<p>There is a book I recommend all college students own before starting college. It's called What Smart Students Know by Adam Robinson, written by one of the founders of the test prep service Princeton Review. I have never seen a better explanation of the steps you need to follow to really <em>learn</em> the material, and if you've learned it well you will have no trouble with grades. The book explains how to study different kinds of material, take effective notes, prepare for tests, etc.</p>

<p>As the OP is discovering, the expectations in college are different than in HS. And often its top HS kids who trip up; in HS they were bright enough to skim the material and then rely on their acumen to get the right answers on multiple choice or write convincing essays. In college everyone around you is as bright as you, so the kids who have put in the time, put it in effectively, stand out.</p>

<p>There is one other thing I'd add. It's be involved with the material. Don't just read the text and go "uh-huh, uh-huh, makes sense, yes"; question and test yourself to make sure you really understand. In math/science classes this is more obvious because every chapter has problems you can use to test if you can apply what you've just learned. There are also supplemental books worth buying; go to amazon and type in "calculus problem solver" or replace calculus with whatever subject you are studying. These books are a godsend! It's like having a TA sitting at your elbow asking you a question and writing out the correct answer. Simply cover the answer and try it yourself; repeat until you can solve that type of problem quickly and correctly.</p>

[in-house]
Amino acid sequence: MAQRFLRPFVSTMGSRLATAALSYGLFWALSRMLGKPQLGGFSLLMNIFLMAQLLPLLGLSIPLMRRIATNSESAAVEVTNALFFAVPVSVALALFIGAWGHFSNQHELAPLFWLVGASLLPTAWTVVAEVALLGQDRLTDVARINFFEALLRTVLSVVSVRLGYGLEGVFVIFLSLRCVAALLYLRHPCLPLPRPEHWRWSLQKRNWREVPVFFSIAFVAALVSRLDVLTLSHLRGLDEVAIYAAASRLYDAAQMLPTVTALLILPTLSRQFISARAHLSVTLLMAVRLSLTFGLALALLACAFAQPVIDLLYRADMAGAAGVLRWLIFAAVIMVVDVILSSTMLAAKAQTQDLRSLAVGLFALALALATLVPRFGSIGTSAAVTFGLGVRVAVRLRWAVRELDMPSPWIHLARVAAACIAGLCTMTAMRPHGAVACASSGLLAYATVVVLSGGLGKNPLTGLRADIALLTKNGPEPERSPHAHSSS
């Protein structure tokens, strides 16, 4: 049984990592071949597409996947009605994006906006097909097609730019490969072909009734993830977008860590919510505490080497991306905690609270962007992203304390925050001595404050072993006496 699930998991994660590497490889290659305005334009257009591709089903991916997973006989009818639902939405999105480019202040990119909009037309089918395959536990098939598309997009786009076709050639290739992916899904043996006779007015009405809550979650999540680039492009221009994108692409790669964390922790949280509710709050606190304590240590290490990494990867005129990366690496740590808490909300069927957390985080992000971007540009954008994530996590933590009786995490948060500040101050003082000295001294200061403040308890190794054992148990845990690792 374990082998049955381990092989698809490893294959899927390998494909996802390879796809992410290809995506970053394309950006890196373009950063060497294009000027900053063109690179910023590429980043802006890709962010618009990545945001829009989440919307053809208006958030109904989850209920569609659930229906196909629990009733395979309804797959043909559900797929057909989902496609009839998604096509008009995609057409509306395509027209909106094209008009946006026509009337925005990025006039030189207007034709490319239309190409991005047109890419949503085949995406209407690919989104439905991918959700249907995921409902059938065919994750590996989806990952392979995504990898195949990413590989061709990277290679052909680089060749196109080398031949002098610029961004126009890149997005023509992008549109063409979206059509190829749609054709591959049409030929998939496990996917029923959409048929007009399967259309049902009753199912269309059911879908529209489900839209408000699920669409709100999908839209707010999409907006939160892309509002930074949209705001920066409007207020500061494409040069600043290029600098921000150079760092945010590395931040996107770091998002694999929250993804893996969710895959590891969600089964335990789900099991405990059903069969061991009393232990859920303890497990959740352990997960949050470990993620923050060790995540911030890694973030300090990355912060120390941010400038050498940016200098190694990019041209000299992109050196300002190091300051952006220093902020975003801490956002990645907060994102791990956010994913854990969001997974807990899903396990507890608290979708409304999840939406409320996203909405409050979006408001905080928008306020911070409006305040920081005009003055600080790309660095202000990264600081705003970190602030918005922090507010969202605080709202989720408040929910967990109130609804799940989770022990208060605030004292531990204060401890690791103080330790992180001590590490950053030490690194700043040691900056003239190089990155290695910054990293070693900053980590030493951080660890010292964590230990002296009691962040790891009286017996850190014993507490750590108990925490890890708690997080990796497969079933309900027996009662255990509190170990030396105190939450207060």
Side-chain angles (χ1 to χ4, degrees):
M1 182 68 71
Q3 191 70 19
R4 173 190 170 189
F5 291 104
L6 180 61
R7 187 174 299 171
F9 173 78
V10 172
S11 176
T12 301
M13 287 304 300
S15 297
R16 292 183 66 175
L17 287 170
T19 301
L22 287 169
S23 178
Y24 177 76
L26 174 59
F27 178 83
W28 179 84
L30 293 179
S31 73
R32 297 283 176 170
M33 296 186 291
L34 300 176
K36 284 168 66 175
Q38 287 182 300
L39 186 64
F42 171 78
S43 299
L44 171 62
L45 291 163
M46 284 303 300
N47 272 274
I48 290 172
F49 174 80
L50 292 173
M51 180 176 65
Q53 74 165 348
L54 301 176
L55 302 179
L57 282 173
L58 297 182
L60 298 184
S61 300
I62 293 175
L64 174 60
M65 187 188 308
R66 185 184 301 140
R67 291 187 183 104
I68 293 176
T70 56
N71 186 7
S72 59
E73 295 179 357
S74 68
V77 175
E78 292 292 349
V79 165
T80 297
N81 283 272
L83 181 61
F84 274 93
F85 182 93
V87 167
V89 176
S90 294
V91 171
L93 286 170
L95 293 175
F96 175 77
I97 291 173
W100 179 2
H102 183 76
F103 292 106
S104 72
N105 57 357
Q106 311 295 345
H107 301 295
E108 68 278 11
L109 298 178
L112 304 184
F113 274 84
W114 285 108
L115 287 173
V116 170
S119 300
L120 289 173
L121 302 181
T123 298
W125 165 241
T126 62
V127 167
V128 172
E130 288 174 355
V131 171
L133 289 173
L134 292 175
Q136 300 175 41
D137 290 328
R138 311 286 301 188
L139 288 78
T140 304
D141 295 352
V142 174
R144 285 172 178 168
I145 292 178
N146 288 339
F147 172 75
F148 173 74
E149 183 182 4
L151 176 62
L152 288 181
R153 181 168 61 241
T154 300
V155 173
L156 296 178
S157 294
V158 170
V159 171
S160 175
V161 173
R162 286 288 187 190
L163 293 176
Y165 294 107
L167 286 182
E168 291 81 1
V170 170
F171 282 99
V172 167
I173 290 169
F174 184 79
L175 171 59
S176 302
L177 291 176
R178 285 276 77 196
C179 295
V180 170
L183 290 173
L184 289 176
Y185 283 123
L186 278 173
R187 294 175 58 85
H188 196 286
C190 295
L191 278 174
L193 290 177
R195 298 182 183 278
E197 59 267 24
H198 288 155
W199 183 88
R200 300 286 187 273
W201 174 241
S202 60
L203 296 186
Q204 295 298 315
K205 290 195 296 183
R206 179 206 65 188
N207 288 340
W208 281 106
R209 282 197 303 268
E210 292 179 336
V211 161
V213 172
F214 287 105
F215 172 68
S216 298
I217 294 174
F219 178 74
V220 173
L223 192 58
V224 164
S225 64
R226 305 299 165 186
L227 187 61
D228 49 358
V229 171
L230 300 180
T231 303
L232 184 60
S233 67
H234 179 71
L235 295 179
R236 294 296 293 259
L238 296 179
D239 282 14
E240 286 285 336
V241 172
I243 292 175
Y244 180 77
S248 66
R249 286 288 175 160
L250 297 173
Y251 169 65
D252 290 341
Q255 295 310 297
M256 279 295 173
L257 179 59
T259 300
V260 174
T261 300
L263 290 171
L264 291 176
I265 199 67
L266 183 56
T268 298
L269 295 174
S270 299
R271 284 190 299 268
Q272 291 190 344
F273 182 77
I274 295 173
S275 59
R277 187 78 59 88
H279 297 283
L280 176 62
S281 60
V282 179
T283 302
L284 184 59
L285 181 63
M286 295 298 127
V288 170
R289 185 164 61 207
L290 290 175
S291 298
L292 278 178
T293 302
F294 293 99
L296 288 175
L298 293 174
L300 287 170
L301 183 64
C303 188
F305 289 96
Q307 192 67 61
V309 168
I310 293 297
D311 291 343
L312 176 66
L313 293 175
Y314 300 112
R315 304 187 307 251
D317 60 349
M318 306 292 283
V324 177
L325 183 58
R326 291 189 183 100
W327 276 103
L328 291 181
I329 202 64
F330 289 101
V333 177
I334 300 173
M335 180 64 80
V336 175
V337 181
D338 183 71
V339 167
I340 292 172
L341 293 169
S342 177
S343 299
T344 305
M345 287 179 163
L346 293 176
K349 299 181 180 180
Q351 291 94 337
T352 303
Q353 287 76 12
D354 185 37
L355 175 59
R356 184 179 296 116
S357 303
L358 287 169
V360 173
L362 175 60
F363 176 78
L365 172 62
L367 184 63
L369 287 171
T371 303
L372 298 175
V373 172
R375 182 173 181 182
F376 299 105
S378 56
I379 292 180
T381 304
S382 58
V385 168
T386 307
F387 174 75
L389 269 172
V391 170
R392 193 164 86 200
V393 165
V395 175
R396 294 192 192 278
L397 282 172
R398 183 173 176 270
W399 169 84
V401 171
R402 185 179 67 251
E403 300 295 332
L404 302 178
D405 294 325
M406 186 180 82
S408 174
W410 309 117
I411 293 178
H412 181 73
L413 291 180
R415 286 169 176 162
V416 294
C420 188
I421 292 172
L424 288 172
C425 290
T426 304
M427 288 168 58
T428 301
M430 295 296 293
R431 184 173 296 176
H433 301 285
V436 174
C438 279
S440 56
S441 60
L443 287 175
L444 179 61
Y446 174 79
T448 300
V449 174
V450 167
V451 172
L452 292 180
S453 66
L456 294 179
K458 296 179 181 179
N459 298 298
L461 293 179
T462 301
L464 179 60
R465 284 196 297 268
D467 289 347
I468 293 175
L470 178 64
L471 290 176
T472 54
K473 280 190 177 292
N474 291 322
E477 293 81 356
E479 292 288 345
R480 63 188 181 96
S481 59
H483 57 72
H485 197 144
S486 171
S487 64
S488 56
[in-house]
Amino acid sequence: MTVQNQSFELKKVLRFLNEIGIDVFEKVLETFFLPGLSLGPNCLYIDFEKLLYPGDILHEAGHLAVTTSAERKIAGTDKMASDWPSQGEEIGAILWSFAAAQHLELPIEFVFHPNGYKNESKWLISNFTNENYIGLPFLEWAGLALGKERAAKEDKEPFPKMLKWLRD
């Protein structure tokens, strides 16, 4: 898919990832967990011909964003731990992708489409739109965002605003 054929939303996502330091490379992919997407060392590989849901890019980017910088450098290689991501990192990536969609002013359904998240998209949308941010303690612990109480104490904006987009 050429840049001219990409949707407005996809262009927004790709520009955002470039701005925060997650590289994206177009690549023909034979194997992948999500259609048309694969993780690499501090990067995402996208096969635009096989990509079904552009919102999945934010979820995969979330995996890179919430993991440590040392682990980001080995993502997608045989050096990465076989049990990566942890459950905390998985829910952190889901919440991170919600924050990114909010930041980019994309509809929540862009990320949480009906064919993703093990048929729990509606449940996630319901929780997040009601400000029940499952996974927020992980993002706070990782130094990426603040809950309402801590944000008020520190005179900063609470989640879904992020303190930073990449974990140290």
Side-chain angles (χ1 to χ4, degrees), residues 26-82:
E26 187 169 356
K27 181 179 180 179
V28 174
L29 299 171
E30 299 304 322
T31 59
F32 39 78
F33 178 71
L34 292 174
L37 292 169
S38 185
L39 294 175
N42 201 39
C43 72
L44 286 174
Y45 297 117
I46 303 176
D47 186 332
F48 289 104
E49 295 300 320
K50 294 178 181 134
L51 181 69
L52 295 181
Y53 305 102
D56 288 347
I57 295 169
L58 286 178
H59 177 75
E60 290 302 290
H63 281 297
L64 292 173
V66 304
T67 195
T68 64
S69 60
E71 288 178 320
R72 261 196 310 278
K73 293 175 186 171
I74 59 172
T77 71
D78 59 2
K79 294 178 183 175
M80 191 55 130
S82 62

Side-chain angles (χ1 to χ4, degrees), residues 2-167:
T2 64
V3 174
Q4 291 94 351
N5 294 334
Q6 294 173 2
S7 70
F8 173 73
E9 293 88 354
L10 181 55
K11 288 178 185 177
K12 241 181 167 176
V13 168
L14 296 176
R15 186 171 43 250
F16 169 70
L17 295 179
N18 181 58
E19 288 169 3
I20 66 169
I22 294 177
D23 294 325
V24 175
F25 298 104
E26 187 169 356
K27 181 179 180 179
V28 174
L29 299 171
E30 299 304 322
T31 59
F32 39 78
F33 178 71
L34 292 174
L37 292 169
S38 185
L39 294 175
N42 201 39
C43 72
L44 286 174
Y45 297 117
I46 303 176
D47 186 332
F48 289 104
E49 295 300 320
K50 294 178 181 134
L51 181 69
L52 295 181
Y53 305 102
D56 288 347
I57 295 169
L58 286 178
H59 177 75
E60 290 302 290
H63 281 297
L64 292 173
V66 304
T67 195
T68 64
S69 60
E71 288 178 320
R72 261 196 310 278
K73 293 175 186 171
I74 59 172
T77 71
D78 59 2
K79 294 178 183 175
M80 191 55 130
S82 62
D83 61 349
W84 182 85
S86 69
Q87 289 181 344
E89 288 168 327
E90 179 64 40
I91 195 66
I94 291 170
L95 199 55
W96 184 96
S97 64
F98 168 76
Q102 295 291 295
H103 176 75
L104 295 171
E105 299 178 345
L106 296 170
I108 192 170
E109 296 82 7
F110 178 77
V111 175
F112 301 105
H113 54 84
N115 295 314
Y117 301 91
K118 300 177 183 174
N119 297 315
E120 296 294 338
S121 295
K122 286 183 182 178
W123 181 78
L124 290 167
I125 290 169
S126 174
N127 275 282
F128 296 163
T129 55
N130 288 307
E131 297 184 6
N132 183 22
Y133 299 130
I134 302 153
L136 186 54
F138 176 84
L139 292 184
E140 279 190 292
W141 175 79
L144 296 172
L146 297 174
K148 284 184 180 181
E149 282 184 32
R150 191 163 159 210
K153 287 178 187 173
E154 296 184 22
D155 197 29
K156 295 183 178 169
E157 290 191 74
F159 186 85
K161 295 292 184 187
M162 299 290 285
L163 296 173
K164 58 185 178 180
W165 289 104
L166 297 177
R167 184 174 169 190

<p>In the social sciences there are some problem solver books, but often you're more on your own. But this can be fun; let your imagination be the limit! In a psych class, after you learn about a concept try to figure out how you could set up an experiment right at college to test it on your fellow students. Could you steer kids to choose vegetables in the cafeteria with reinforcement? In econ, imagine what would happen if the demand curve shifted up, left, rotated right?. What if it changed shape and looked like a W? In history try to compare/contrast the events you covered with those of another period; how was the decade surrounding the French Revolution different from that around the American Revolution, and why? Can you think of one thing that literally would have changed history? Another game to play is "be the prof". After class while the material is fresh in your mind, imagine you ran into a friend who played hooky. Try to give the lecture better than the prof but in only 5-10 minutes. This helps cement the material in your mind. If you've been taking notes correctly they only have key points in them; right after this game is a good time to review them and fill in more detail.</p>